Waiting to Hear Back From the IRS? You Aren’t Alone
Although the Internal Revenue Service was never known as the most efficient of agencies, the IRS operated in a regular and consistent manner prior to the COVID-19 pandemic. Refunds were issued swiftly and responses to calls and correspondence came in a reasonable amount of time. When the COVID-19 restrictions came about, a perfect storm of delays hit the IRS. Employees were sent home. Processing centers were shutdown. Millions of pieces of unopened mail piled up. Many employees could not work from home because of the secure nature of their tasks and the dated IRS computer system.
Congress also added to the pile of to-dos by making the IRS responsible for distributing the economic recovery payments (stimulus checks), not once but three times. Additionally, Congress made retroactive tax changes with the CARES Act in March 2020, which required the IRS to modify already filed tax returns for the 2020 filing season.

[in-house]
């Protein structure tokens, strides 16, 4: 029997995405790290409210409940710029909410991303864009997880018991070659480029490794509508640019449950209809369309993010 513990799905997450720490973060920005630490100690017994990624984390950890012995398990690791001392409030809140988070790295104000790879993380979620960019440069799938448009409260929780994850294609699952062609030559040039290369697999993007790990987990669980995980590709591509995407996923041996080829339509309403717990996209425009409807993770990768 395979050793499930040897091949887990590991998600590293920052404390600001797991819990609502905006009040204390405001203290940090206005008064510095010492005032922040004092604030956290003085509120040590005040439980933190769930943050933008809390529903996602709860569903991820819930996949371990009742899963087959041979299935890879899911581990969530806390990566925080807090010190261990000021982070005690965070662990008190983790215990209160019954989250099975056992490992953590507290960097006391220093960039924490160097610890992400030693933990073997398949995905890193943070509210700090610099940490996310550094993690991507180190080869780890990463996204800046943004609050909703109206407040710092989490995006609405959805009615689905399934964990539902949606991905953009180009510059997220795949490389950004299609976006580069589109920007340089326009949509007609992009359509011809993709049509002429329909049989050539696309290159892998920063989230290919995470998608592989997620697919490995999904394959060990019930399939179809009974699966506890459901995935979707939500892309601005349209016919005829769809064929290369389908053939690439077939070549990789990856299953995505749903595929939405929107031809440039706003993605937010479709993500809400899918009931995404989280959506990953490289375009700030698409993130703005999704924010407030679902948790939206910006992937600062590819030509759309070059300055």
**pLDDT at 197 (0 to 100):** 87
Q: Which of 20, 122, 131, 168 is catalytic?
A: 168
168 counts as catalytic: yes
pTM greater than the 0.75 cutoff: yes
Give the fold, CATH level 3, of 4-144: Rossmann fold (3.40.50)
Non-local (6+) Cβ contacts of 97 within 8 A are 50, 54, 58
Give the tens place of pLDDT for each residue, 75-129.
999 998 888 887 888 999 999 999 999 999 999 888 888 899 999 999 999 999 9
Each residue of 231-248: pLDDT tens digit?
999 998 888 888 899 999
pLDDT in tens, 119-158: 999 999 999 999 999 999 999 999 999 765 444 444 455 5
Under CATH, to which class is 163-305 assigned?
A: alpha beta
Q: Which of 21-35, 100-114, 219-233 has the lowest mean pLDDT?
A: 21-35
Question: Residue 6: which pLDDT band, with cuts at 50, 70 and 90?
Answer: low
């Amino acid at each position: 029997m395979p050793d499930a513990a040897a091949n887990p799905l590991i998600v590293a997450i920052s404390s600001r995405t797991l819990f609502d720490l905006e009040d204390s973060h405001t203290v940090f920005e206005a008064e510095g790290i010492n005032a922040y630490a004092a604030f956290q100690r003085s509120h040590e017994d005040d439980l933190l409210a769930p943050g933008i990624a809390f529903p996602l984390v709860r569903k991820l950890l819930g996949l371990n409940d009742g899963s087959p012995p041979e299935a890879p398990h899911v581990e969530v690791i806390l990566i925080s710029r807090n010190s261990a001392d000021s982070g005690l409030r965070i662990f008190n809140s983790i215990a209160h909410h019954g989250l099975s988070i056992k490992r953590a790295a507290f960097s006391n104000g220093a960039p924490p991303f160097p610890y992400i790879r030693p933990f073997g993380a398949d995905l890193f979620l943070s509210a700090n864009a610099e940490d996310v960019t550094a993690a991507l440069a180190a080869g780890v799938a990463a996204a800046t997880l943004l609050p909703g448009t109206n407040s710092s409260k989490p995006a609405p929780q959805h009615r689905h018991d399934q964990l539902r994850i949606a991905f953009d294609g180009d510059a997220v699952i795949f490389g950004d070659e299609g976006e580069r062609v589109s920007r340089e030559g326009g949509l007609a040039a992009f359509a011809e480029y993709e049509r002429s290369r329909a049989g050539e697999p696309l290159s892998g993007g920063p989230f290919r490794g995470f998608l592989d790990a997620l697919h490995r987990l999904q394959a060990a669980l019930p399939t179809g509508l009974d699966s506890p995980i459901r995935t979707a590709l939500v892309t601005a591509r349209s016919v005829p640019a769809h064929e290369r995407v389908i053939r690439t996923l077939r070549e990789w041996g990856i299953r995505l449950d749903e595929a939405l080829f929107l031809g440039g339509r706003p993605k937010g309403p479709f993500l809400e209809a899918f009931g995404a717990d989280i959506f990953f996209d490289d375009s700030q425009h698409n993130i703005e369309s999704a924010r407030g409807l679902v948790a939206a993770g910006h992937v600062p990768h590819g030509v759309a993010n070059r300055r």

Then in December 2020, Congress passed last-minute legislation that made changes for the 2021 filing season. According to one of the IRS watchdogs, National Taxpayer Advocate Erin Collins, the IRS did not have time to adjust its systems for these changes and the Service was required to manually verify certain returns that elected to claim the 2020 earned income tax credit or the additional child tax credit. Unlike prior years, the IRS had to deal with a large volume of returns requiring manual reviews. By the end of the 2021 tax season, the IRS had over 35 million individual and business returns backlogged.
So, you could say it’s been a rough couple of years for the IRS.
Despite these challenges, the IRS is making its way through the buildup. As of July 2021, the backlog was down to 13.8 million.
If you are caught in the gridlock, there is not much to be done beyond being patient. However, if the IRS owes you a refund, the silver lining is that the IRS will likely pay you an annual rate of 3%. Although we’re not making excuses for the IRS, we wanted to let you know what the problems are. If you’re having trouble with contacting the IRS, let us know and we can help.